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Tuesday ends with fires still uncontained

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Southern New Mexico Journalism Collaborative

Two fires threatening the community of Ruidoso expanded Tuesday, June 18, affecting at least 500 structures and prompting a second evacuation order, this time for the neighboring City of Ruidoso Downs.

The South Fork Fire burning to the west and north of the village grew to nearly 15,300 acres by mid-afternoon, while the Salt Fire, burning to the south, totaled about 5,500 acres. Both were 0 percent contained by 8 p.m. Tuesday. KOB-TV and Source New Mexico reported at least one death has resulted from the fires.

Shortly after 4 p.m. Tuesday, authorities announced a second evacuation order in as many days, urging residents of the City of Ruidoso Downs to evacuate immediately due to the Salt Fire “making a run” toward the community. An evacuation order Monday applied only to a portion of Ruidoso Downs, as well as to Ruidoso proper and surrounding neighborhoods, a village official said.

The only available evacuation route for the 2,600-person community of Ruidoso Downs was U.S. Hwy. 70 east toward Roswell.

State police blocked all highways leading to Ruidoso due to the high risks of traveling to the area.

Fire crews from multiple agencies were fighting the blazes using both ground and air equipment.

Since its start on Monday morning, the larger South Fork Fire has encroached upon homes and businesses in Ruidoso and Alto, a short drive to the north.

Dramatic footage of the Alto Ski Shop ablaze at night was circulating on social media Tuesday. Also perishing in the fire was the Swiss Chalet Inn, a well-known hotel along Mechem Drive that was built in 1962.

It was rumored the Albertsons grocery store, also located on Mechem Drive, had burned, but a company spokesperson said that was not the case – at least through late afternoon Tuesday. The store is closed, however, and will remain so until it’s safe for employees to return.

Residents and onlookers followed fire progress on an alert app known as Watch Duty. At least according to the app, much of the Upper Canyon, a heavily wooded area of Ruidoso, appeared to still be standing.

Officials declined to comment about what structures had or hadn’t survived the fire, saying their main focus now is on fighting the blazes. Assessments of damage will come later.

The Ruidoso Midtown area, known for its shops and restaurants, appeared to be intact through late afternoon. Smoky skies over a deserted street could be seen via a popular webcam.

Monday, most residents evacuated Ruidoso as the threat of the South Fork Fire especially grew throughout the afternoon and evening hours. Despite the order being described as mandatory, an unknown number of people remained behind in their homes, said Village of Ruidoso spokesperson Kerry Gladden.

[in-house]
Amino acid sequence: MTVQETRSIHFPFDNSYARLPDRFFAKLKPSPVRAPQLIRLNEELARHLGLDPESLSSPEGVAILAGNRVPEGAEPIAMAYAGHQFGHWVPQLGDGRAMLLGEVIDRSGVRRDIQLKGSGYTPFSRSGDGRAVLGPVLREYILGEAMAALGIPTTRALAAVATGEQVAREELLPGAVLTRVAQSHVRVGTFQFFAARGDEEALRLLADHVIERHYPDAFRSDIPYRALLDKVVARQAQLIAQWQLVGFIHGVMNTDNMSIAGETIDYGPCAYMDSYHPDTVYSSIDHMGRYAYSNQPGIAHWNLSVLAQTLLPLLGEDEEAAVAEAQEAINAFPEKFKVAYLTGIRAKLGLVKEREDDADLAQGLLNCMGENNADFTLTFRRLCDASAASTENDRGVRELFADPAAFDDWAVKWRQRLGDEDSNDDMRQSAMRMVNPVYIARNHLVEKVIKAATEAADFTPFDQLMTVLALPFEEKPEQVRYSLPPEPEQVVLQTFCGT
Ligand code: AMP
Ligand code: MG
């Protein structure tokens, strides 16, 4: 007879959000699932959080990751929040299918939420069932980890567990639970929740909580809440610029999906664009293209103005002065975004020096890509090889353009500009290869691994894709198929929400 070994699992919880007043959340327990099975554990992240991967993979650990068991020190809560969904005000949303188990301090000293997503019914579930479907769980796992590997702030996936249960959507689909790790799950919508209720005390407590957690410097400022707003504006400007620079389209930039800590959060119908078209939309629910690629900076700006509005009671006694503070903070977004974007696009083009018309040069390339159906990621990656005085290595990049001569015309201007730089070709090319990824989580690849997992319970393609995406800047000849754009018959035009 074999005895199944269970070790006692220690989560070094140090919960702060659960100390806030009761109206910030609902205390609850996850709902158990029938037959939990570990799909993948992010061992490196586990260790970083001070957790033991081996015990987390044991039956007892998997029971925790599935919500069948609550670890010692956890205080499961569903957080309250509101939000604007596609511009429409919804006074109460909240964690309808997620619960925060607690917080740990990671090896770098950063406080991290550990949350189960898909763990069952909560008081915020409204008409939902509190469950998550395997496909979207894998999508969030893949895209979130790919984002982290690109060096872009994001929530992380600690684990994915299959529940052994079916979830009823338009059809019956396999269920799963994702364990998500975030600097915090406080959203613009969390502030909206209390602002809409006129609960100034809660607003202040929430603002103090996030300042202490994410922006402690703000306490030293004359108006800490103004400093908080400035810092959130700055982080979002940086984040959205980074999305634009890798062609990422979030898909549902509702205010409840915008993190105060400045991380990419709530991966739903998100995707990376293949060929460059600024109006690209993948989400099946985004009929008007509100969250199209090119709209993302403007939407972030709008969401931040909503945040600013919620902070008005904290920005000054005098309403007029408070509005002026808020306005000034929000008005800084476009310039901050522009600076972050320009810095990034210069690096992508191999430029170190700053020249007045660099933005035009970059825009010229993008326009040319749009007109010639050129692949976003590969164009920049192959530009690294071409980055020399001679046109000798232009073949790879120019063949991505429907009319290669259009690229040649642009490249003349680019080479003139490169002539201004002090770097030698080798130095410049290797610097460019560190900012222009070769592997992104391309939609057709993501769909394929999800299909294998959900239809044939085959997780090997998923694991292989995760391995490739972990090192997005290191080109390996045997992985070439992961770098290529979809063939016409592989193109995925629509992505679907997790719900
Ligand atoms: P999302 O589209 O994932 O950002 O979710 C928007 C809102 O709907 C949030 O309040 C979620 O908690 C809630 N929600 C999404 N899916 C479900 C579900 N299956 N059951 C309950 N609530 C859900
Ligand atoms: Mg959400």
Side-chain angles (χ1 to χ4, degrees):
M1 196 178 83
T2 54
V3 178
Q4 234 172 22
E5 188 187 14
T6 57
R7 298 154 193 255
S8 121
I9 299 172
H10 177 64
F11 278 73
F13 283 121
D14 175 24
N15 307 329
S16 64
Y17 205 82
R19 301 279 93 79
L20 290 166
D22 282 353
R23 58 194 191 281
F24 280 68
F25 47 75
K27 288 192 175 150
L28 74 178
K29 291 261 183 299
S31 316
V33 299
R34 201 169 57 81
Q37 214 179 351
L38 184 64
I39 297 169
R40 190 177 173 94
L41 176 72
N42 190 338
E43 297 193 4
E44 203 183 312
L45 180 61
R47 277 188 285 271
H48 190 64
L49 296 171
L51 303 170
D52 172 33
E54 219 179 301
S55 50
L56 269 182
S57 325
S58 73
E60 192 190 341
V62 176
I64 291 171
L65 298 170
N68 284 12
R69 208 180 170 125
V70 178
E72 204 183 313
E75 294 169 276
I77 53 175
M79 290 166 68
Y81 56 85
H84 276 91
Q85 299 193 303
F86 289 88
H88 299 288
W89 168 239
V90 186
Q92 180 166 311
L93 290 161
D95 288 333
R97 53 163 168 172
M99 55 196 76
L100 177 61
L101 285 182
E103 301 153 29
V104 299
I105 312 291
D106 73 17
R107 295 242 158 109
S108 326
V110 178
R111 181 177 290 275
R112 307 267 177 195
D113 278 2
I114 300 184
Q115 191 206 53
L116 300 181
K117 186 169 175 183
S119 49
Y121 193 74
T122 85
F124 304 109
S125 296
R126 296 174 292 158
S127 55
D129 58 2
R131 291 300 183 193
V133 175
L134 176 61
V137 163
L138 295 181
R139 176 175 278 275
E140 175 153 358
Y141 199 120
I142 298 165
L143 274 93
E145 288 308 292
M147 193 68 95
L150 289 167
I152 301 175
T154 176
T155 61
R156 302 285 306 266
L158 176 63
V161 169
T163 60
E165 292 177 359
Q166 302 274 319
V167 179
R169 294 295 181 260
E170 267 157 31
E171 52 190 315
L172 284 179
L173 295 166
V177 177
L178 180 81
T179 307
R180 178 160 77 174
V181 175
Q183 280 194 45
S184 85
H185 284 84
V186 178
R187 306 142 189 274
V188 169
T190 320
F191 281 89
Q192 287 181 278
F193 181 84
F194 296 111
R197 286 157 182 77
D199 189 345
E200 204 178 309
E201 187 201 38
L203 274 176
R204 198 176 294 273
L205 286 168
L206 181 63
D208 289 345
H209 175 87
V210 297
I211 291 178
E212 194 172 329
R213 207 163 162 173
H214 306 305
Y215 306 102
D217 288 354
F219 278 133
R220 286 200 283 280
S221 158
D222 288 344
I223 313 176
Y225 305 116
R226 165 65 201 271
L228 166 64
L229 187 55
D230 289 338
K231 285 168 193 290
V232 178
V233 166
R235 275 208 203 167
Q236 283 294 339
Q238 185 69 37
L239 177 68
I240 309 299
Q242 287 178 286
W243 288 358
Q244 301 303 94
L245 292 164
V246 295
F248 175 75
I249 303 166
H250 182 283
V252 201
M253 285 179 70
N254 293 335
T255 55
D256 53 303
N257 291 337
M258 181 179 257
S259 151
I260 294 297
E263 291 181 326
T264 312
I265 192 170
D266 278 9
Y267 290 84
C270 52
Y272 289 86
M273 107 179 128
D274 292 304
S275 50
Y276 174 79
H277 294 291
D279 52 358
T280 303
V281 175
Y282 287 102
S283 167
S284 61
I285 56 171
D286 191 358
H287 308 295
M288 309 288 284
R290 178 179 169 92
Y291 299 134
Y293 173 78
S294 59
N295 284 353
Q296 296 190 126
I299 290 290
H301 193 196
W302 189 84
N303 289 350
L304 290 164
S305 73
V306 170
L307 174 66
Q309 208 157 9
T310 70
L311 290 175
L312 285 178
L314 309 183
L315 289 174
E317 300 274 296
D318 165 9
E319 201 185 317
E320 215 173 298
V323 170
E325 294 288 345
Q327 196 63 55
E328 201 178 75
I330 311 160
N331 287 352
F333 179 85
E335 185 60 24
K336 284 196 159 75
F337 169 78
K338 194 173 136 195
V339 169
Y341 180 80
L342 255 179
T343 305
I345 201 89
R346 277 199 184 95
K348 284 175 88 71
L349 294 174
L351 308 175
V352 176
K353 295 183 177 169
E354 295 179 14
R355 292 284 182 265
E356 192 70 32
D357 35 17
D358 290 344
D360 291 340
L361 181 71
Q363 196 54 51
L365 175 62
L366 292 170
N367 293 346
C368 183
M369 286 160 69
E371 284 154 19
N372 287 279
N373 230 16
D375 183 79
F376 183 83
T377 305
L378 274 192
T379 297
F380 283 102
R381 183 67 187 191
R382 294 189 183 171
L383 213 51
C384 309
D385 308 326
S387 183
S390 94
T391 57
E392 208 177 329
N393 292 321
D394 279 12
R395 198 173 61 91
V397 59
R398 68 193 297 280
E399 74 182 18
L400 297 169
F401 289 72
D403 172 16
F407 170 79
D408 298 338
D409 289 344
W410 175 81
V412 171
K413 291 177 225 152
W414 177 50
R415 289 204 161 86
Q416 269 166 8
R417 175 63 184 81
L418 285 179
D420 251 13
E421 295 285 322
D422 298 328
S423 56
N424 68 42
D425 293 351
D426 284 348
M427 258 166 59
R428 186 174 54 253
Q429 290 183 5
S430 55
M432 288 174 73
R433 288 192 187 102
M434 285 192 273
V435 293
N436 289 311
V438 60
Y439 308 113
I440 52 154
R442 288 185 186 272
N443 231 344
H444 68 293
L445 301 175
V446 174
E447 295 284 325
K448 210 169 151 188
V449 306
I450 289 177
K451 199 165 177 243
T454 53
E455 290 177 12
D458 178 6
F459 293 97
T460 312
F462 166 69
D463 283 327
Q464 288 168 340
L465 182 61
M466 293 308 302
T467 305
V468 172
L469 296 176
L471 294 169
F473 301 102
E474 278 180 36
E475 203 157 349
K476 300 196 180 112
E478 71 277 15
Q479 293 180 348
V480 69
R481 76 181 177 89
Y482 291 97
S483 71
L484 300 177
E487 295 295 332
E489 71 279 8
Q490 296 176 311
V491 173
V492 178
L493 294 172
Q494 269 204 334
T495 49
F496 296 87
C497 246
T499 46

“We did a mandatory evacuation of the village yesterday afternoon,” she said. “But in New Mexico, it’s against the law to make people leave their property. We had a lot of people go, but there were people that stayed.”

Tuesday, Gov. Michelle Lujan Grisham issued an emergency declaration concerning the Ruidoso fires, a move that opens the doors for funding to flow to the response efforts.

At least one federal website listed the source of the fires as human-caused. However, Gladden said she wasn’t able to verify that Tuesday.

The fire response was expected to transition to a high-level federal command structure Tuesday evening, according to Gladden.

One family’s evacuation story

Monday, long lines of cars formed on major evacuation routes, congested as thousands of people attempted to leave the area at the same time.

Among the evacuees was Lauren McCullough, who lives in the Rancho Ruidoso Valley Estates northeast of Alto. She said authorities have a “ready, set, go” three-stage warning system that’s supposed to be used to prepare people for evacuating from a fire. But the “get ready” stage hadn’t even been announced when police drove through the neighborhood telling people to evacuate.

“This thing escalated really quick,” she said.

About 30 minutes before police arrived, McCullough said the area was being rained upon by ash originating from the South Fork Fire.

McCullough had several plastic totes filled with decorations for her upcoming wedding. Anticipating a likely evacuation, she and her children emptied those and started filling them instead with “important stuff that wasn’t replaceable.”

“We ransacked our house,” she said. “And shortly after, our power went out.”

PNM power company did cut off power in areas Monday, but it’s unclear if that’s why McCullough’s power was shut off.

Her daughter, who’s attending New Mexico State University, is back home for the summer, which meant the family had two cars with which to evacuate.

“We were able to escape with eight totes, four suitcases and a dog, three cats, a snake and a ferret,” she said.

About 9 p.m. Monday, the family evacuated north on Hwy. 48. They continued to Albuquerque and are staying in a hotel until they can return, if their home is still standing. McCullough said she’s trying to remain calm in the face of a chaotic situation.

“I have a feeling we’ll be OK,” she said. “I definitely pray for the ones who aren’t so lucky.”

(EDITOR’S NOTE: The Southern New Mexico Journalism Collaborative is a partnership of local newsrooms working together to cover important topics in the southern half of the state. For more information, visit www.southNMnews.org or www.surNMnoticias.org.)

Brienne Green
Daily Press Editor

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